All About Protein – Why and How Much You Need

vegan
by Magū Foods
Food Knowledge
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We are consuming more protein than ever before

There has been a phenomenal rise in the consumption of protein over the years as people became more aware of its role in building muscle, losing weight, and gaining strength.

Before you start having that protein, you need to understand a few things. First of all, more protein does not really mean “eat more meat.” Poultry, beef, and pork (including milk, cheese, and eggs) definitely provide high-quality protein, but so can many plant foods — including whole grains, beans, legumes, nuts, and vegetables.

The following table shows some healthier protein sources (in grams):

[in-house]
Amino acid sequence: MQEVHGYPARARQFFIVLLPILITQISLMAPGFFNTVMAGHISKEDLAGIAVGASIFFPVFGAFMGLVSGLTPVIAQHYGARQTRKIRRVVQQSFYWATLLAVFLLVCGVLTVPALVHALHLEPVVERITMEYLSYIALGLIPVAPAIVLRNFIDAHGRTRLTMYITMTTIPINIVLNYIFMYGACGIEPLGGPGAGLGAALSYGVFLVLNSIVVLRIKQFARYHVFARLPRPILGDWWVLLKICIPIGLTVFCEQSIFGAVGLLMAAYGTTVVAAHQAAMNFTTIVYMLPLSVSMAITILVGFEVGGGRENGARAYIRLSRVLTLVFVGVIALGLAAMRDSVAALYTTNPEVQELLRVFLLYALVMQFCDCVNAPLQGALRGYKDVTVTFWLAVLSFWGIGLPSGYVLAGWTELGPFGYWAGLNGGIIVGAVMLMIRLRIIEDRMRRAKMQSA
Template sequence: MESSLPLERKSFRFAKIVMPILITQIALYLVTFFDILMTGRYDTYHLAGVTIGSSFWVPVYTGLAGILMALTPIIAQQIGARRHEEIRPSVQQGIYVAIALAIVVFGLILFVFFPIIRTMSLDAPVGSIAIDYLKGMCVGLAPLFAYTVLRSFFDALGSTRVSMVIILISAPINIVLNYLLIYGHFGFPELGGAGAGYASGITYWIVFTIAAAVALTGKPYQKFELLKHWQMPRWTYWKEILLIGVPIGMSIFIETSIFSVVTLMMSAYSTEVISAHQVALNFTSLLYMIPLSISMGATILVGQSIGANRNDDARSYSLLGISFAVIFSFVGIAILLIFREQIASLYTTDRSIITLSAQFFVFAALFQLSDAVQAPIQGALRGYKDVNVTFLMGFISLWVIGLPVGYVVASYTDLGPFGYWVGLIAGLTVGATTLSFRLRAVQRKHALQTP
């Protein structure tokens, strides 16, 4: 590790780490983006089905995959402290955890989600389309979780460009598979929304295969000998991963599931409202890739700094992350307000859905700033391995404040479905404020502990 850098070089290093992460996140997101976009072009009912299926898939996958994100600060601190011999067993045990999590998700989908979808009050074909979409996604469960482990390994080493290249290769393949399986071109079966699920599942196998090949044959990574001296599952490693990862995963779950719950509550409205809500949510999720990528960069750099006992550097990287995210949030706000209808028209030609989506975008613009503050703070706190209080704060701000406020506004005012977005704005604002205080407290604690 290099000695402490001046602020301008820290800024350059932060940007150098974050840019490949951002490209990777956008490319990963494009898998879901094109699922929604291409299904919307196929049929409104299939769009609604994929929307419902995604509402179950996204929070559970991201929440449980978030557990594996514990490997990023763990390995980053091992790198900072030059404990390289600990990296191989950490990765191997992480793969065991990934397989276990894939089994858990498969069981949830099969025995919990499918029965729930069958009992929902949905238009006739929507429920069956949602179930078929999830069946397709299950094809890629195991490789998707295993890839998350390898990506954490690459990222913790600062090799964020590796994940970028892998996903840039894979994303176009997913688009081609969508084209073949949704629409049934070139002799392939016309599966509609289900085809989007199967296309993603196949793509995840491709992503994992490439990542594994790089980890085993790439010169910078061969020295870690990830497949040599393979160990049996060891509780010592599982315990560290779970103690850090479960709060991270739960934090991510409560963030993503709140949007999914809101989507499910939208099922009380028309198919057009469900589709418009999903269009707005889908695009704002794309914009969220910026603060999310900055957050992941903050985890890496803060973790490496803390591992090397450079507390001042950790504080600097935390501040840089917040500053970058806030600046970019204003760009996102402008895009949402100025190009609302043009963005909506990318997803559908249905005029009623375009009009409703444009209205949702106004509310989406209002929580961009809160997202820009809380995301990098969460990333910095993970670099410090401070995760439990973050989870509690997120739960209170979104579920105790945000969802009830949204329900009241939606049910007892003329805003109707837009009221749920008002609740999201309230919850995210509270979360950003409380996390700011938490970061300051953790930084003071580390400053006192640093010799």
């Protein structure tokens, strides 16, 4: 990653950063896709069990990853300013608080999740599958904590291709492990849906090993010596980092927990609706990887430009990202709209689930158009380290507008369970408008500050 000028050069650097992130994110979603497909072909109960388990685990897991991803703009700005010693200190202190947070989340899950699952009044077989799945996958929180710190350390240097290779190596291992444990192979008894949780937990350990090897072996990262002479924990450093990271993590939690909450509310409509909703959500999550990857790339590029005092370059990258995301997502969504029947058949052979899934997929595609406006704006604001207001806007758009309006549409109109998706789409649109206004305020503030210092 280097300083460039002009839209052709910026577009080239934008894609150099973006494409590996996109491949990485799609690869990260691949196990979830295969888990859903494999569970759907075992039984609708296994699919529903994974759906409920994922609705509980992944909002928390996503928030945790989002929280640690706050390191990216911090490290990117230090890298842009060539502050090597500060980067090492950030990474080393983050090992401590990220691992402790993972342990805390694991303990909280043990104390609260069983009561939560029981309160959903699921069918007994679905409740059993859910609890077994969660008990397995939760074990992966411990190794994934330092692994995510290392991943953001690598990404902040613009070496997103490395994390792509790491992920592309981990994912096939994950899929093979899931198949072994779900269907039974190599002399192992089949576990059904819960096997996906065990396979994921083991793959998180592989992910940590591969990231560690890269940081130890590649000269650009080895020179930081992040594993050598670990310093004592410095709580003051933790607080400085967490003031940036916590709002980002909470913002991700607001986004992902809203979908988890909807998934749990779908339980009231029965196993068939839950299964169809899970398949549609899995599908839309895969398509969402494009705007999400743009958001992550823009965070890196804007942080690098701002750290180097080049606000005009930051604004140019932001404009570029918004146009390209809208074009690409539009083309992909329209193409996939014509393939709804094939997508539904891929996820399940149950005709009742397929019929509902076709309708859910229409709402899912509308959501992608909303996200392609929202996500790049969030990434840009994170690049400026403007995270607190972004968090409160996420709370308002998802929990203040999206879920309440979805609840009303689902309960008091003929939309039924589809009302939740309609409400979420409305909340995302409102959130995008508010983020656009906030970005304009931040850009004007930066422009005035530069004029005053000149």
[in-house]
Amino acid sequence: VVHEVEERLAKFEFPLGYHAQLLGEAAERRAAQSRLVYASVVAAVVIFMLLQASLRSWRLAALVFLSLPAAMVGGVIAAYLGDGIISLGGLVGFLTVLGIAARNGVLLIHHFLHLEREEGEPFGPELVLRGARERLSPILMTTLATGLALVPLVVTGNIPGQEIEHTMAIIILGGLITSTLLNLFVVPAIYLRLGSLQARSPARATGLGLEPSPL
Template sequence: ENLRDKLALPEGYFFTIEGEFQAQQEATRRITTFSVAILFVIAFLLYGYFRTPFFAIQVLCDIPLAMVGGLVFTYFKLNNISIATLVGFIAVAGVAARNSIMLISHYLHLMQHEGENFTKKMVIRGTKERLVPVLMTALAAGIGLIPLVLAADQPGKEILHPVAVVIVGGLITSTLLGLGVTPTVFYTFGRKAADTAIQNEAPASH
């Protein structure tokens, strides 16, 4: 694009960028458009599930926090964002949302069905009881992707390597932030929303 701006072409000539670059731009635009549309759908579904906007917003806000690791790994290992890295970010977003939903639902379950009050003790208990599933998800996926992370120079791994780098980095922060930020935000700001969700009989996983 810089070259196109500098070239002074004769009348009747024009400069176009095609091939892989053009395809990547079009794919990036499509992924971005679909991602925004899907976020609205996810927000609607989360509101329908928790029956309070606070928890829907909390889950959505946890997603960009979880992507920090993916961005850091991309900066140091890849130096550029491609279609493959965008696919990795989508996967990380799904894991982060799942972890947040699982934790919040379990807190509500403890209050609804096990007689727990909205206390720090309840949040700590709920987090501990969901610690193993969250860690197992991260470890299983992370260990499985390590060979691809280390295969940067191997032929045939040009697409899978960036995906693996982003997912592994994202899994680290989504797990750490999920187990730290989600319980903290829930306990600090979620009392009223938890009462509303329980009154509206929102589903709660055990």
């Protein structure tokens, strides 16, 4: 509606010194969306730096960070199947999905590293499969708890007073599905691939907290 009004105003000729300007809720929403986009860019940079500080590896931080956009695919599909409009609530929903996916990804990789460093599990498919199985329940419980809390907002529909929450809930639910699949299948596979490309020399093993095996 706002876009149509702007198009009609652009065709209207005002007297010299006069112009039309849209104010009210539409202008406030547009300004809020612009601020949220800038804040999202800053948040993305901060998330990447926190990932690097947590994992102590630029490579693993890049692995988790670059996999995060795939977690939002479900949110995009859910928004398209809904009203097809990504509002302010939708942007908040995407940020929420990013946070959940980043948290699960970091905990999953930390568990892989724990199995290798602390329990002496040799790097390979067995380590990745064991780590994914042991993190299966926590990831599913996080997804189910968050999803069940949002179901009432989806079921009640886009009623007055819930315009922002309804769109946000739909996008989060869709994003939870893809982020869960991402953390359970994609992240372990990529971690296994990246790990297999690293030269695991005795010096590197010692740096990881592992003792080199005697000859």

• 6 ounces of plain Greek yogurt – 17

• ½ cup cottage cheese – 14g

• ½ cup cooked beans – 8g

• 1 cup of milk – 8g

• 1 cup of cooked pasta – 8g

• ¼ cup or 1 ounce of nuts (all varieties) – 7g

Source: USDA National Nutrient Database, 2015
 

Why eating protein is important

Protein can do wonders to us … from taking care of our energy levels to helping build muscles and maintain a steady flow of energy throughout the day. Let’s take a look:

 

1. Protein helps reduce appetite

Studies depict that protein is by far the most filling nutrient. It makes you feel fuller with lesser food. Because protein fills you up longer, it can help you lose weight without starving. By replacing some of the carbs and fats you eat with protein, you can easily shed a few pounds.

 

2. Protein increases muscle mass and strength

Protein forms the building blocks of muscles. Hence, it’s only logical that eating more protein would lead to more muscle buildup.